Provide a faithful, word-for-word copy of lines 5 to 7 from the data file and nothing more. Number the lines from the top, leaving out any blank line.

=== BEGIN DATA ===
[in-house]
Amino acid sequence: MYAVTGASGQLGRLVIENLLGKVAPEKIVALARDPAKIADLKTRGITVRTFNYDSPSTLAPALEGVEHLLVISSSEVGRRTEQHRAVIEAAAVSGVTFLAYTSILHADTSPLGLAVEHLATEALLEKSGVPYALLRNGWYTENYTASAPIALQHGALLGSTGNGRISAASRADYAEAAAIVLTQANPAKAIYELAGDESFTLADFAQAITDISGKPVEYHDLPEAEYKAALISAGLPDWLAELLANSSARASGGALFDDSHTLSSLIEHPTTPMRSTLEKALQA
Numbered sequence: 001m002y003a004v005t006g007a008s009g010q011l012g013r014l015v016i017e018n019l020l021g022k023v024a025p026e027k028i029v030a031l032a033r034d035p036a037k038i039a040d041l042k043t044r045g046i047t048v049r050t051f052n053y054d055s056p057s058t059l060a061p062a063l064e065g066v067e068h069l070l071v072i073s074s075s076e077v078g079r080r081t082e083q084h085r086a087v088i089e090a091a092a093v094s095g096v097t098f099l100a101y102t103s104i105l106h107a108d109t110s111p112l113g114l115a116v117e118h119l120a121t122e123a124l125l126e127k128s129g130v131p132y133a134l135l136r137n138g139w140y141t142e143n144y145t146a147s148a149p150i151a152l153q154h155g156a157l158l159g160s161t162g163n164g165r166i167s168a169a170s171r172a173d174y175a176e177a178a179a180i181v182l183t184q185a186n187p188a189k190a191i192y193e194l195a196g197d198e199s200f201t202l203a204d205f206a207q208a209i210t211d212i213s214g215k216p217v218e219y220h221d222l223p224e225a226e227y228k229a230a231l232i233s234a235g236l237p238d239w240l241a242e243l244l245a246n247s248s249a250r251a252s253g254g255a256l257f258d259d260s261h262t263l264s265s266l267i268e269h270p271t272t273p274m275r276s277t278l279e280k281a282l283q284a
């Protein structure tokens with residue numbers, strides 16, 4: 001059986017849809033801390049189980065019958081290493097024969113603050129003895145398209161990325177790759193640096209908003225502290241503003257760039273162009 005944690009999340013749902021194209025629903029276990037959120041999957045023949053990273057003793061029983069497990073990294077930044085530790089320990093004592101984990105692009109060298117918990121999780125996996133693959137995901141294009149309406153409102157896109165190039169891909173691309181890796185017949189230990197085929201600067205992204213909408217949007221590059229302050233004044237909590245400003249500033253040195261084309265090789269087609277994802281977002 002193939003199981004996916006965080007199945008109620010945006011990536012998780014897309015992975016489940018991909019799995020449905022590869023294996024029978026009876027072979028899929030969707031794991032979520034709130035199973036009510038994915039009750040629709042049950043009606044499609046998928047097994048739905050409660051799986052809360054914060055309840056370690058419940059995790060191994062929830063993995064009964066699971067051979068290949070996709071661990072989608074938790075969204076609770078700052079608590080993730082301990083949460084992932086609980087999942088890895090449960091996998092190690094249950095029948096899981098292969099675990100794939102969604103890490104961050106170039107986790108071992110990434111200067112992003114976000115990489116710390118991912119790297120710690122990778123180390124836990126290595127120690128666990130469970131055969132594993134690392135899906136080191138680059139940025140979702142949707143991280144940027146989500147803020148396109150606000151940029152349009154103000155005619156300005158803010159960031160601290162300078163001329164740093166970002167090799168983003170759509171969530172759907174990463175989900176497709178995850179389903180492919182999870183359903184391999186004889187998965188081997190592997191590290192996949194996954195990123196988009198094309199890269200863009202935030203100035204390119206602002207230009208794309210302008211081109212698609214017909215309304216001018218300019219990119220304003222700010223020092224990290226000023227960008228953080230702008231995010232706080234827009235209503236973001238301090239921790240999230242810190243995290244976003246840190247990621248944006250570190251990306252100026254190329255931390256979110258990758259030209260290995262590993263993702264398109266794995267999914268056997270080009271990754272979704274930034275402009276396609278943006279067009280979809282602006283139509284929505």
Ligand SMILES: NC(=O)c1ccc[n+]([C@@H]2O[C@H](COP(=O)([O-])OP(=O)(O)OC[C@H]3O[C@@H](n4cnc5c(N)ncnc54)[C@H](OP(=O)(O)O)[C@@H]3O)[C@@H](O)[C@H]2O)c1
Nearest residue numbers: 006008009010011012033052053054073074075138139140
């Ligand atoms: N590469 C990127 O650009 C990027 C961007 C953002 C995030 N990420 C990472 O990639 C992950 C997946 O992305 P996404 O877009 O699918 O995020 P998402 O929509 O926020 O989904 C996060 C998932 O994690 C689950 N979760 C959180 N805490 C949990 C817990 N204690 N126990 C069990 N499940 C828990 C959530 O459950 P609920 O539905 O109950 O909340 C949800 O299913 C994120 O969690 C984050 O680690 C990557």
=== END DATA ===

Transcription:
Ligand SMILES: NC(=O)c1ccc[n+]([C@@H]2O[C@H](COP(=O)([O-])OP(=O)(O)OC[C@H]3O[C@@H](n4cnc5c(N)ncnc54)[C@H](OP(=O)(O)O)[C@@H]3O)[C@@H](O)[C@H]2O)c1
Nearest residue numbers: 006008009010011012033052053054073074075138139140
């Ligand atoms: N590469 C990127 O650009 C990027 C961007 C953002 C995030 N990420 C990472 O990639 C992950 C997946 O992305 P996404 O877009 O699918 O995020 P998402 O929509 O926020 O989904 C996060 C998932 O994690 C689950 N979760 C959180 N805490 C949990 C817990 N204690 N126990 C069990 N499940 C828990 C959530 O459950 P609920 O539905 O109950 O909340 C949800 O299913 C994120 O969690 C984050 O680690 C990557």